Darfur mediator says Bashir warrant imperils talks

An International Criminal Court arrest warrant for Sudan’s President Omar Hassan al-Bashir may have compromised the quest for peace in Darfur. That’s the view of UN and African Union mediator Djibrill Bassole.
He yesterday called on the UN Security Council to heed the concerns of the AU, an organization grouping 53 African countries that has urged the council to use its power to suspend the ICC’s proceedings against Bashir.
Bashir was charged by the court with war crimes in Darfur, Reuters reports.
Bassole was addressing the 15-nation council, which later appealed to Sudan to reconsider a decision to expel some aid groups in Darfur after the ICC move. Khartoum has accused the groups of supplying information to the ICC, which they deny.
Bassole, who represents the UN and AU jointly, said his task of bringing together Sudan’s government and Darfur rebel groups for talks was “currently blocked by the intransigent positions of the warring parties” following the ICC move.
“In all likelihood, the process to find a political solution to the crisis in Darfur has been significantly slowed and even compromised,” he told the closed-door meeting, according to a text of his speech seen by Reuters.
Bassole, a former Burkina Faso foreign minister, suggested the Security Council heed the African Union’s position.
The AU and Arab League have urged the council to use its power under Article 16 of the ICC statute to defer court action. That call is backed by China and Russia, but Western states holding vetoes in the council have rejected it for now. 
French Ambassador Jean-Maurice Ripert reaffirmed the Western view. “We respect the position of the African Union,” he told reporters. “It doesn’t mean we have to share the same position. … We think that for the moment there is no reason to accept any Article 16 solution.”
The six-year conflict in Darfur, a region in western Sudan, has resulted in up to 300,000 deaths and the displacement of about 270,000 people, according to UN officials.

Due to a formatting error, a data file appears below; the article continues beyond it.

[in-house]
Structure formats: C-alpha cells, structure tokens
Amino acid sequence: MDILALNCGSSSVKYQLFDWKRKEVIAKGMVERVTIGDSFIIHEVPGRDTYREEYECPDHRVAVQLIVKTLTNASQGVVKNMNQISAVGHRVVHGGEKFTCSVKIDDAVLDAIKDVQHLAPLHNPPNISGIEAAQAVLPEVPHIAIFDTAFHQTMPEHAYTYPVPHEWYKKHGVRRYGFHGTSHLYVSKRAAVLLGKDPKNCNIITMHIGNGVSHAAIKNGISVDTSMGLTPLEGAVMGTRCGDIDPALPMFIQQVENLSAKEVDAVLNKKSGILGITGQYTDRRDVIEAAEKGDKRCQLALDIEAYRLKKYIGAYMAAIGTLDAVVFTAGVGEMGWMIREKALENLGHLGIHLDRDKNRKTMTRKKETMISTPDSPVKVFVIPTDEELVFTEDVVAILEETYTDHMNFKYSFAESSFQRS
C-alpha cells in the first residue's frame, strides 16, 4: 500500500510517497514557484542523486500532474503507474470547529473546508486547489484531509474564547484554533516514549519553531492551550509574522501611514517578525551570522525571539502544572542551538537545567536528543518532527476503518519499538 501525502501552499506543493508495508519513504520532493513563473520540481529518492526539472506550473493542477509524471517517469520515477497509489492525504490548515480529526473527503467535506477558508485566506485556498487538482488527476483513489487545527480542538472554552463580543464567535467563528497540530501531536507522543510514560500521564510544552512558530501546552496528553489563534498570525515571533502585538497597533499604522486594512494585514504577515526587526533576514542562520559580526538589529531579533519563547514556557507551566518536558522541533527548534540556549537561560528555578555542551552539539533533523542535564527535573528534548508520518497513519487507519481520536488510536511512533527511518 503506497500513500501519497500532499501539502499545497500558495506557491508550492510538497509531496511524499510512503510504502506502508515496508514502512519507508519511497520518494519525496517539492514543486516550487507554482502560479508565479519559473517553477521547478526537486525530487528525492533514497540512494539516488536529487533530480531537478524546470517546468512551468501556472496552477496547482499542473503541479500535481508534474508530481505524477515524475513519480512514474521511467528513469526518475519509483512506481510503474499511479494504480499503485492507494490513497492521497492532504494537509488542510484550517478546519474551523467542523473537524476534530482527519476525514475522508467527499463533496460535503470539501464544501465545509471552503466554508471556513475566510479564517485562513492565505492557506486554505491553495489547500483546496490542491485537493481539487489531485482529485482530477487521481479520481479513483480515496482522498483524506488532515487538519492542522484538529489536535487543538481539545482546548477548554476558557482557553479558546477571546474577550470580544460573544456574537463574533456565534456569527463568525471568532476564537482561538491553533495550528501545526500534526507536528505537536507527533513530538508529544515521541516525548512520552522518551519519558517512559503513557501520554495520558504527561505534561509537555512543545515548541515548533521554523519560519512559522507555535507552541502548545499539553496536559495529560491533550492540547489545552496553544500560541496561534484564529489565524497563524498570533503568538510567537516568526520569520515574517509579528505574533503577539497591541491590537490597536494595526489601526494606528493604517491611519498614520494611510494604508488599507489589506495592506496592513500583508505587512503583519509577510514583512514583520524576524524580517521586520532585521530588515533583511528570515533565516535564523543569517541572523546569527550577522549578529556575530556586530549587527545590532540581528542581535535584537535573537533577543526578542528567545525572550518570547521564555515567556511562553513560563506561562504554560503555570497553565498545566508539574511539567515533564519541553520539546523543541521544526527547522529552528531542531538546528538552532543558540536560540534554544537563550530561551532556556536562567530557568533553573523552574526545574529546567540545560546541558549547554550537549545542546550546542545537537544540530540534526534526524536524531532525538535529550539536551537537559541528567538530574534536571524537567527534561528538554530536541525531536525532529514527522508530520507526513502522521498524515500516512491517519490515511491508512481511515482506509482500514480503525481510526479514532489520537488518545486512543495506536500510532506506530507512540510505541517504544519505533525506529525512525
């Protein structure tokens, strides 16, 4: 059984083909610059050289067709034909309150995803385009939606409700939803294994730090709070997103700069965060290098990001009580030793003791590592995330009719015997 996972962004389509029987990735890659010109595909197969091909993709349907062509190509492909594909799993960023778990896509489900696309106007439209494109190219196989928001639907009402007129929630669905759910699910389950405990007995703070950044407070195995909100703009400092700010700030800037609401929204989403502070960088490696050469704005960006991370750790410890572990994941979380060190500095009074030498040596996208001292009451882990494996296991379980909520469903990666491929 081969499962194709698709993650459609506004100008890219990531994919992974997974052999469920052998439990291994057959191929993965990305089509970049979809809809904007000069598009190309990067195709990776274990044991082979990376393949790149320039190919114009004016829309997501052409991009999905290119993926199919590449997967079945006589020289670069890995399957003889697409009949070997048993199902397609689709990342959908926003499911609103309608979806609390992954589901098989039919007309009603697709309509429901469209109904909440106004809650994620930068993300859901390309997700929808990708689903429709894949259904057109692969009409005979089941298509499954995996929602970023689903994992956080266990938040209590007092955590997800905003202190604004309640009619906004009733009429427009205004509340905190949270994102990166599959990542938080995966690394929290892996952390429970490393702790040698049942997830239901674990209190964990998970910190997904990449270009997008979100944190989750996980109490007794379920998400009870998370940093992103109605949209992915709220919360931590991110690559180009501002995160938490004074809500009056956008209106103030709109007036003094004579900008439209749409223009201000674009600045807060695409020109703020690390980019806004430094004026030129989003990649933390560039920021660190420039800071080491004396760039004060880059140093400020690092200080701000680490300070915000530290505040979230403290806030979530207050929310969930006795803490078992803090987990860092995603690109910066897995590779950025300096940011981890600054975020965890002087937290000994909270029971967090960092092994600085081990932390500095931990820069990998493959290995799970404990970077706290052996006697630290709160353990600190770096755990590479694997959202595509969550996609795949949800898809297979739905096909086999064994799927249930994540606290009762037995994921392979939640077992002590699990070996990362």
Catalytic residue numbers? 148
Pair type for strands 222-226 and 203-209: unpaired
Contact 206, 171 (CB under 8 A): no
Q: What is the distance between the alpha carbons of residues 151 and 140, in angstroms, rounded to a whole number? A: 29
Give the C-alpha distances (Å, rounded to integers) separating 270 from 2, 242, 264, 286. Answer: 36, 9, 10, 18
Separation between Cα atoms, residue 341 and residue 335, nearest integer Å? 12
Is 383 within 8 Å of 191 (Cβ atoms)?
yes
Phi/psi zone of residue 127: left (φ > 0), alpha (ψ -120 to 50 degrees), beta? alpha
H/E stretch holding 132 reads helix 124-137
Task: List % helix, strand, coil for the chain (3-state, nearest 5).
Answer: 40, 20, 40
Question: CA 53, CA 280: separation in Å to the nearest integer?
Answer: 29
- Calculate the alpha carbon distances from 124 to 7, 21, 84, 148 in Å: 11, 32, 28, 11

Darfur peace talks were held in Libya in October 2007, but fizzled out because key rebel groups boycotted them.
Last month, the Sudanese government and the Justice and Equality Movement (JEM), a major rebel group, agreed to meet for peace talks, but last week the JEM canceled the plan until Khartoum allowed back the aid groups it expelled.
Bassole said the rebels were contesting the legitimacy of Bashir and waiting to see what happened. He said it was important to try to save the peace process and expressed hope that the Sudanese ultimately would overcome their differences.
Khartoum ordered out 13 foreign groups and shut down three local ones after the ICC issued its warrant.
In a non-binding statement, the council said its members “stressed the importance of continuing the distribution of humanitarian assistance to all the needy in Darfur.”
They urged Sudan’s government “to continue cooperating with the United Nations and humanitarian organizations and appeal to it to reconsider the decision on suspending the activities of some non-government organizations in Sudan.” 
The statement was read to media by Ambassador Mohammed Abdel-Rahman Shalgam of Libya, this month’s council president. Diplomats said it had been agreed to unanimously by all 15 council members, including Libya, a neighbor of Sudan, and China, which has been Sudan’s chief ally on the council.
Bashir, defying the international arrest warrant, traveled to Libya on Thursday for talks with leader Muammar Gaddafi, Libya’s government said.
It said they discussed the humanitarian situation in Darfur and would try to narrow the divisions between the Khartoum government and the U.N. mission in the region.
“The Sudanese government reiterated its willingness to accept new partners through agreement between Sudan and the United Nations,” said the statement carried by Libyan state news agency JANA.
UN humanitarian chief John Holmes told the council that while efforts by remaining aid groups and Sudan’s government “can plug some of the holes for the next few weeks” after the expulsions, “the cumulative effects over time … significantly increase the risks to well over a million people.”
But Sudan’s envoy Abdalmahmoud Abdalhaleem told reporters, “The humanitarian situation is absolutely under control.”